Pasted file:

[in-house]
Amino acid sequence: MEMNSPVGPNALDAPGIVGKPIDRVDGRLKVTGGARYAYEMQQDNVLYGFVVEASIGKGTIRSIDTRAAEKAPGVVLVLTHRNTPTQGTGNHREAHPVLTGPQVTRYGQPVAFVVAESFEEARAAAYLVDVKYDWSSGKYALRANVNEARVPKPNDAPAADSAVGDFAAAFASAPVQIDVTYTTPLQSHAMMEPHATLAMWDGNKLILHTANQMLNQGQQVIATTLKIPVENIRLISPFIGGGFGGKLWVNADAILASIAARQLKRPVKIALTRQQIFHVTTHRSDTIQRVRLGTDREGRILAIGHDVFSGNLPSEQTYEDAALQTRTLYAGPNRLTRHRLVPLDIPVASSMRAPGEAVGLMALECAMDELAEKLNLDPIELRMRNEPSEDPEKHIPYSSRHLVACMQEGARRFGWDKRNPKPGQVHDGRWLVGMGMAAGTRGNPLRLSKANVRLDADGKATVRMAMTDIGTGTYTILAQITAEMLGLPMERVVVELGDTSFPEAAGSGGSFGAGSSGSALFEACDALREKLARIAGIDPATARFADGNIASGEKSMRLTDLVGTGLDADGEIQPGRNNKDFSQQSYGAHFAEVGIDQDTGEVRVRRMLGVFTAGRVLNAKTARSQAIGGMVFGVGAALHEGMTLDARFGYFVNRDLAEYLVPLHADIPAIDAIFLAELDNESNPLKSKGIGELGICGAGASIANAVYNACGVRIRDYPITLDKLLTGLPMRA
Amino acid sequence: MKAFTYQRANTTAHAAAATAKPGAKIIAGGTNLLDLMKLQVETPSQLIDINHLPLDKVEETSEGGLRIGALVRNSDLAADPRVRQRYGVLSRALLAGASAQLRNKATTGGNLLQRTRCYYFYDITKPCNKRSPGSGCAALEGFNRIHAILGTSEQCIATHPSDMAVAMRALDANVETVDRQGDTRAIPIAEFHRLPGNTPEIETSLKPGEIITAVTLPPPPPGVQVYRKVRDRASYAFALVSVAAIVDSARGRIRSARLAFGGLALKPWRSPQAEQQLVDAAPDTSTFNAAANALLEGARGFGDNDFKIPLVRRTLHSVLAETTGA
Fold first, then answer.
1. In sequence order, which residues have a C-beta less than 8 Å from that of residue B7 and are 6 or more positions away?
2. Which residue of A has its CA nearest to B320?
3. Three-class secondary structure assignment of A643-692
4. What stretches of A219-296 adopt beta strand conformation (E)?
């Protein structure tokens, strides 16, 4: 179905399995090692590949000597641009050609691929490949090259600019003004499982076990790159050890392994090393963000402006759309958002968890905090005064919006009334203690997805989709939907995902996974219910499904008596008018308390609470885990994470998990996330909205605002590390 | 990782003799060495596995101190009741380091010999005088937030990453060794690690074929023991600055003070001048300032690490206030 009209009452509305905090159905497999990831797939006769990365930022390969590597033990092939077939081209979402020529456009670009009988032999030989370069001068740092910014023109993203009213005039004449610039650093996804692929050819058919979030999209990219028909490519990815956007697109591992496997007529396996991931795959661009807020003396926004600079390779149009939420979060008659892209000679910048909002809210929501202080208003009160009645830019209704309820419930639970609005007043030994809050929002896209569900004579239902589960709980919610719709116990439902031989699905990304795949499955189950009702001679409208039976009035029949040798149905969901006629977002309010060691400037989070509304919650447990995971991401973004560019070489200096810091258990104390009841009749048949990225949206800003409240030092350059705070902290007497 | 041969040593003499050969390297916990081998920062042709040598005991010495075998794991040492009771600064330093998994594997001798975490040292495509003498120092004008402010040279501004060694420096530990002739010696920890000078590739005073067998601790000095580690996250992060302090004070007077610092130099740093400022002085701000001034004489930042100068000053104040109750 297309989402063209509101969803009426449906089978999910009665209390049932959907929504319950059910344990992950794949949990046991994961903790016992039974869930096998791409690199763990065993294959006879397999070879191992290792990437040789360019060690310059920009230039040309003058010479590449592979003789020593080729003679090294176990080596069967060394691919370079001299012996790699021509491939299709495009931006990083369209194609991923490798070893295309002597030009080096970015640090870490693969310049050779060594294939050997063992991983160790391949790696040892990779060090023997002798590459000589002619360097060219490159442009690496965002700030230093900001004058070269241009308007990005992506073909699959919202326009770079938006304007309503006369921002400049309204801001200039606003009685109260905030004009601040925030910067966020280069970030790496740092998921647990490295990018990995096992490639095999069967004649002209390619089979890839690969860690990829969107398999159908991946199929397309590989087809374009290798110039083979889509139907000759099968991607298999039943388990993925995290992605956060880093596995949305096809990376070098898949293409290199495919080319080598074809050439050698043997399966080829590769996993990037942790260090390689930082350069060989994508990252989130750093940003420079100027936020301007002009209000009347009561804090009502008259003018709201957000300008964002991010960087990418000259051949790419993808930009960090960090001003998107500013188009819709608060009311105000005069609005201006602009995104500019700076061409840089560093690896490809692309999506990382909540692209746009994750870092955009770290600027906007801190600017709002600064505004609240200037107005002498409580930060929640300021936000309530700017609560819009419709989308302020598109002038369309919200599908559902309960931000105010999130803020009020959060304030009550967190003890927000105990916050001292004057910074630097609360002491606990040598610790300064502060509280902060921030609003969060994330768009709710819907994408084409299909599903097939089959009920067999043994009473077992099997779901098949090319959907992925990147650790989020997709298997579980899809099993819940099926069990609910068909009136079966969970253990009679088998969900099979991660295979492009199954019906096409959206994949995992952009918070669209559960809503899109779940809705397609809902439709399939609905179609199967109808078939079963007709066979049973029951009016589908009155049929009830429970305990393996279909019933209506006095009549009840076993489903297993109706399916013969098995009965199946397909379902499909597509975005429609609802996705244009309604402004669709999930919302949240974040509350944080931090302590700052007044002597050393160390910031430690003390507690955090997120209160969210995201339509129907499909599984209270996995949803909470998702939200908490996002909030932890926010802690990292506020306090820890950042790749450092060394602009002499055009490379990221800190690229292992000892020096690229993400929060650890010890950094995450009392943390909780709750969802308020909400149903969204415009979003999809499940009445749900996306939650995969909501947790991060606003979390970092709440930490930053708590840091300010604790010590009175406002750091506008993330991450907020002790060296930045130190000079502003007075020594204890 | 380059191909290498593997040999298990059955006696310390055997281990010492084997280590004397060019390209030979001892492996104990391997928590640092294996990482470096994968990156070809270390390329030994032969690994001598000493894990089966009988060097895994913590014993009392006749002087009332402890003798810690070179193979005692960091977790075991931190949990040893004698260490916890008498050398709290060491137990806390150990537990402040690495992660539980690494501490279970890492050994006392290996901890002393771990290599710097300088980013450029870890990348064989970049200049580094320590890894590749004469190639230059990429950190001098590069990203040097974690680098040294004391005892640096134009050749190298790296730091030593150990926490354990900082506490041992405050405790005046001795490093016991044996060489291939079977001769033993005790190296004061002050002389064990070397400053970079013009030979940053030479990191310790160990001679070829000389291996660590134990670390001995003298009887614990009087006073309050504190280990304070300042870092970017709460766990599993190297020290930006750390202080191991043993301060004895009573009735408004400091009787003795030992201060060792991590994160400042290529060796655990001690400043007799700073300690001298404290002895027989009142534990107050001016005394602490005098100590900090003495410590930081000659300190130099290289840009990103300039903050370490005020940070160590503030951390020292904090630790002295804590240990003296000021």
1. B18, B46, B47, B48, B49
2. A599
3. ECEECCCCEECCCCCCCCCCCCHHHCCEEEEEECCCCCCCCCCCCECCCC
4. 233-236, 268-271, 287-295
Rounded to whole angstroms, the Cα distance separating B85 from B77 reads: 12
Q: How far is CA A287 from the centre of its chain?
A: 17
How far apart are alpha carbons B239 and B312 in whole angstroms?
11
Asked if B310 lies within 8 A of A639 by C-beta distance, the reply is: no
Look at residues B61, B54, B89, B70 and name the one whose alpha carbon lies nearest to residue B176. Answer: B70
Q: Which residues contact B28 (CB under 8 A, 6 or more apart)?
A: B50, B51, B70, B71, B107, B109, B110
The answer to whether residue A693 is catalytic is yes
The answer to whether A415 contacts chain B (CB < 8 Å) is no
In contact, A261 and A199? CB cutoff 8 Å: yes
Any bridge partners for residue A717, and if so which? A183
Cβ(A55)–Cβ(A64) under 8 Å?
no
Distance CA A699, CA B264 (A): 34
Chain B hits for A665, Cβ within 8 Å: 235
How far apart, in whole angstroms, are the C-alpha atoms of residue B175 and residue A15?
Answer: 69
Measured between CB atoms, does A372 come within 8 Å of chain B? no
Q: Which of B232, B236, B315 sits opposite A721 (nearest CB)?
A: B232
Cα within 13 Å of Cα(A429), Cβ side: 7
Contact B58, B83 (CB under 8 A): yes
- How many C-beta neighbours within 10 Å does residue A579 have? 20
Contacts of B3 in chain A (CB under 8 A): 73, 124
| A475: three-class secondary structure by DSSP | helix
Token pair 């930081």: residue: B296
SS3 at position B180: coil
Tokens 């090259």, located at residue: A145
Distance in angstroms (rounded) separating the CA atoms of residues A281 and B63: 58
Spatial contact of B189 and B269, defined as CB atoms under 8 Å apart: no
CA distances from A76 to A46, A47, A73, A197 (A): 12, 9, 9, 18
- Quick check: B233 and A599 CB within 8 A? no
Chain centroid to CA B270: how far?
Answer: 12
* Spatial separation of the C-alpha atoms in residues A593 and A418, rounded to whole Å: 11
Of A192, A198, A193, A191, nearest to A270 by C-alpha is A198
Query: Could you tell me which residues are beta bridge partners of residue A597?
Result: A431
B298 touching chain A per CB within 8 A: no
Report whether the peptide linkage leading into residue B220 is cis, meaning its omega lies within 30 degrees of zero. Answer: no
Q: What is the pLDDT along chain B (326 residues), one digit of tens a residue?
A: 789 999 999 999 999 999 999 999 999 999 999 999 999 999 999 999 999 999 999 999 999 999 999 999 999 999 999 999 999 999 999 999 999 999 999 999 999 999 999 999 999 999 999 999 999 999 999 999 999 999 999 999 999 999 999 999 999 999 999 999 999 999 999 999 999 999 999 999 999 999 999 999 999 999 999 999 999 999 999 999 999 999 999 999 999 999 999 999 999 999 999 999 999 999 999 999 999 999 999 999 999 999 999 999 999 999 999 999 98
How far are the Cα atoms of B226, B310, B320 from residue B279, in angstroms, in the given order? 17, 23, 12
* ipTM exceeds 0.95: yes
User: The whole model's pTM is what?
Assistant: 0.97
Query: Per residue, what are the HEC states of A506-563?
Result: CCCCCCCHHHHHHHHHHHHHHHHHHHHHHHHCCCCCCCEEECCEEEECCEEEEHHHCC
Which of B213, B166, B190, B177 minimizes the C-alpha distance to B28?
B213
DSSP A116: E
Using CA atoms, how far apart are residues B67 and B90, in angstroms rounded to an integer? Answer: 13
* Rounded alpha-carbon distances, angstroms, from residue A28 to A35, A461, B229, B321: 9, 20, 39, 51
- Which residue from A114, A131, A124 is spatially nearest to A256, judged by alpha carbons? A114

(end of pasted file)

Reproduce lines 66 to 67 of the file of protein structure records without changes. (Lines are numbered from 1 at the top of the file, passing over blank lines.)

DSSP A116: E
Using CA atoms, how far apart are residues B67 and B90, in angstroms rounded to an integer? Answer: 13